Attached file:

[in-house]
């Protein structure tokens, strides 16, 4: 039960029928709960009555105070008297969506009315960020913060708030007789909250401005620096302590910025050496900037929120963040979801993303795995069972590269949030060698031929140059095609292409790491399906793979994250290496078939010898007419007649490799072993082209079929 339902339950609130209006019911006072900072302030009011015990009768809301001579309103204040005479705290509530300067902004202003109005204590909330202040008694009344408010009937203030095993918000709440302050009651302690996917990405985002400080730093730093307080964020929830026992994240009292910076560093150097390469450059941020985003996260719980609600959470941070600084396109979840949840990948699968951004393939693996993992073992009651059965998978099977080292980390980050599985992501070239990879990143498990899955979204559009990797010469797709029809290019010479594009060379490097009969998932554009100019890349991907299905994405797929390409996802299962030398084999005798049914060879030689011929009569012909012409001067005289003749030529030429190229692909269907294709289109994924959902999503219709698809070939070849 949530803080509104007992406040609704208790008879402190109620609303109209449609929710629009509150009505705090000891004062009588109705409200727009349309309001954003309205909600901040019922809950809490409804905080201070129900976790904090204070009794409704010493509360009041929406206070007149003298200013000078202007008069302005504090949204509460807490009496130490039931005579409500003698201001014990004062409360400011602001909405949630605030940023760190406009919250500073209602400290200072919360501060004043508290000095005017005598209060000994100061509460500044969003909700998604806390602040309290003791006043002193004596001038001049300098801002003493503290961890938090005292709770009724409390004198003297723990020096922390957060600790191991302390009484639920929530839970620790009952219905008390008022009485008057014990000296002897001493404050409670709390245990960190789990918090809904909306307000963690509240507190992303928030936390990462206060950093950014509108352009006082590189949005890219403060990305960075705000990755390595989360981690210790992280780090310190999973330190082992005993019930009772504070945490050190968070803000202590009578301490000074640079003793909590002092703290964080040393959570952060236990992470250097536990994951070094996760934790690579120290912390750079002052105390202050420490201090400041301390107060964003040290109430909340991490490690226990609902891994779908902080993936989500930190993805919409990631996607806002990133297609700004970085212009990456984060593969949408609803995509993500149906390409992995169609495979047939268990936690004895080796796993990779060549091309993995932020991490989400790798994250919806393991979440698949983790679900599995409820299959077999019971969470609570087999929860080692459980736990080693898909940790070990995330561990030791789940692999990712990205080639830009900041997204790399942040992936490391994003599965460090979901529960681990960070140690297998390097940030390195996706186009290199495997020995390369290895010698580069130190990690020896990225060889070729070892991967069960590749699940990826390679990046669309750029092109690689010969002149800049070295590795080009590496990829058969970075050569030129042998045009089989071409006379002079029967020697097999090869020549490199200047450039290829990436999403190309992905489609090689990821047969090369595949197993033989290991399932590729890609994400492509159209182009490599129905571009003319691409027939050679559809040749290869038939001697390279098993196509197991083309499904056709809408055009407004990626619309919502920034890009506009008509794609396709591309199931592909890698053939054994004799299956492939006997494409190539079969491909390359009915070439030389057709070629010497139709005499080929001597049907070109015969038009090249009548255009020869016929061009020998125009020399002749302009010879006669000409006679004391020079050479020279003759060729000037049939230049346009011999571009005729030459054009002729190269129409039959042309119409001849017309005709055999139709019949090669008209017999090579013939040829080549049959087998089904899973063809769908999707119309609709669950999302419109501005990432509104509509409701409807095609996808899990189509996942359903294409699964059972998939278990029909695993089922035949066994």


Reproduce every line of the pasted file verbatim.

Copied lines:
[in-house]
């Protein structure tokens, strides 16, 4: 039960029928709960009555105070008297969506009315960020913060708030007789909250401005620096302590910025050496900037929120963040979801993303795995069972590269949030060698031929140059095609292409790491399906793979994250290496078939010898007419007649490799072993082209079929 339902339950609130209006019911006072900072302030009011015990009768809301001579309103204040005479705290509530300067902004202003109005204590909330202040008694009344408010009937203030095993918000709440302050009651302690996917990405985002400080730093730093307080964020929830026992994240009292910076560093150097390469450059941020985003996260719980609600959470941070600084396109979840949840990948699968951004393939693996993992073992009651059965998978099977080292980390980050599985992501070239990879990143498990899955979204559009990797010469797709029809290019010479594009060379490097009969998932554009100019890349991907299905994405797929390409996802299962030398084999005798049914060879030689011929009569012909012409001067005289003749030529030429190229692909269907294709289109994924959902999503219709698809070939070849 949530803080509104007992406040609704208790008879402190109620609303109209449609929710629009509150009505705090000891004062009588109705409200727009349309309001954003309205909600901040019922809950809490409804905080201070129900976790904090204070009794409704010493509360009041929406206070007149003298200013000078202007008069302005504090949204509460807490009496130490039931005579409500003698201001014990004062409360400011602001909405949630605030940023760190406009919250500073209602400290200072919360501060004043508290000095005017005598209060000994100061509460500044969003909700998604806390602040309290003791006043002193004596001038001049300098801002003493503290961890938090005292709770009724409390004198003297723990020096922390957060600790191991302390009484639920929530839970620790009952219905008390008022009485008057014990000296002897001493404050409670709390245990960190789990918090809904909306307000963690509240507190992303928030936390990462206060950093950014509108352009006082590189949005890219403060990305960075705000990755390595989360981690210790992280780090310190999973330190082992005993019930009772504070945490050190968070803000202590009578301490000074640079003793909590002092703290964080040393959570952060236990992470250097536990994951070094996760934790690579120290912390750079002052105390202050420490201090400041301390107060964003040290109430909340991490490690226990609902891994779908902080993936989500930190993805919409990631996607806002990133297609700004970085212009990456984060593969949408609803995509993500149906390409992995169609495979047939268990936690004895080796796993990779060549091309993995932020991490989400790798994250919806393991979440698949983790679900599995409820299959077999019971969470609570087999929860080692459980736990080693898909940790070990995330561990030791789940692999990712990205080639830009900041997204790399942040992936490391994003599965460090979901529960681990960070140690297998390097940030390195996706186009290199495997020995390369290895010698580069130190990690020896990225060889070729070892991967069960590749699940990826390679990046669309750029092109690689010969002149800049070295590795080009590496990829058969970075050569030129042998045009089989071409006379002079029967020697097999090869020549490199200047450039290829990436999403190309992905489609090689990821047969090369595949197993033989290991399932590729890609994400492509159209182009490599129905571009003319691409027939050679559809040749290869038939001697390279098993196509197991083309499904056709809408055009407004990626619309919502920034890009506009008509794609396709591309199931592909890698053939054994004799299956492939006997494409190539079969491909390359009915070439030389057709070629010497139709005499080929001597049907070109015969038009090249009548255009020869016929061009020998125009020399002749302009010879006669000409006679004391020079050479020279003759060729000037049939230049346009011999571009005729030459054009002729190269129409039959042309119409001849017309005709055999139709019949090669008209017999090579013939040829080549049959087998089904899973063809769908999707119309609709669950999302419109501005990432509104509509409701409807095609996808899990189509996942359903294409699964059972998939278990029909695993089922035949066994």